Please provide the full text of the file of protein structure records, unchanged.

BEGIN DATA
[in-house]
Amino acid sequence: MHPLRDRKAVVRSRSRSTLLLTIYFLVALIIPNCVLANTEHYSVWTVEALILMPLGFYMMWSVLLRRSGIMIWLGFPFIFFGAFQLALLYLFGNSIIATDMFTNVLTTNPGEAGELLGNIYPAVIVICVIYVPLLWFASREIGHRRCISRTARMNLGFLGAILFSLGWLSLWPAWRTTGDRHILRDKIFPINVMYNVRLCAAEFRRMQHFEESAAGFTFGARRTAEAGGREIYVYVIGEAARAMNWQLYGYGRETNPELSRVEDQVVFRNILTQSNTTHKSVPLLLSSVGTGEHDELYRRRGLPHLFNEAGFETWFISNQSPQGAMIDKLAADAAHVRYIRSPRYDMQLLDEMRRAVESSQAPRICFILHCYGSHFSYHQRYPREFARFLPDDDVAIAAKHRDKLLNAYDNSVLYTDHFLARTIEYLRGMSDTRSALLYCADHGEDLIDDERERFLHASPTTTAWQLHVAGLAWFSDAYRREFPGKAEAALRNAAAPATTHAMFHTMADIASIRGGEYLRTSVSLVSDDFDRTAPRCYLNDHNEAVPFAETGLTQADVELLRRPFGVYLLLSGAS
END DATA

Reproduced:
[in-house]
Amino acid sequence: MHPLRDRKAVVRSRSRSTLLLTIYFLVALIIPNCVLANTEHYSVWTVEALILMPLGFYMMWSVLLRRSGIMIWLGFPFIFFGAFQLALLYLFGNSIIATDMFTNVLTTNPGEAGELLGNIYPAVIVICVIYVPLLWFASREIGHRRCISRTARMNLGFLGAILFSLGWLSLWPAWRTTGDRHILRDKIFPINVMYNVRLCAAEFRRMQHFEESAAGFTFGARRTAEAGGREIYVYVIGEAARAMNWQLYGYGRETNPELSRVEDQVVFRNILTQSNTTHKSVPLLLSSVGTGEHDELYRRRGLPHLFNEAGFETWFISNQSPQGAMIDKLAADAAHVRYIRSPRYDMQLLDEMRRAVESSQAPRICFILHCYGSHFSYHQRYPREFARFLPDDDVAIAAKHRDKLLNAYDNSVLYTDHFLARTIEYLRGMSDTRSALLYCADHGEDLIDDERERFLHASPTTTAWQLHVAGLAWFSDAYRREFPGKAEAALRNAAAPATTHAMFHTMADIASIRGGEYLRTSVSLVSDDFDRTAPRCYLNDHNEAVPFAETGLTQADVELLRRPFGVYLLLSGAS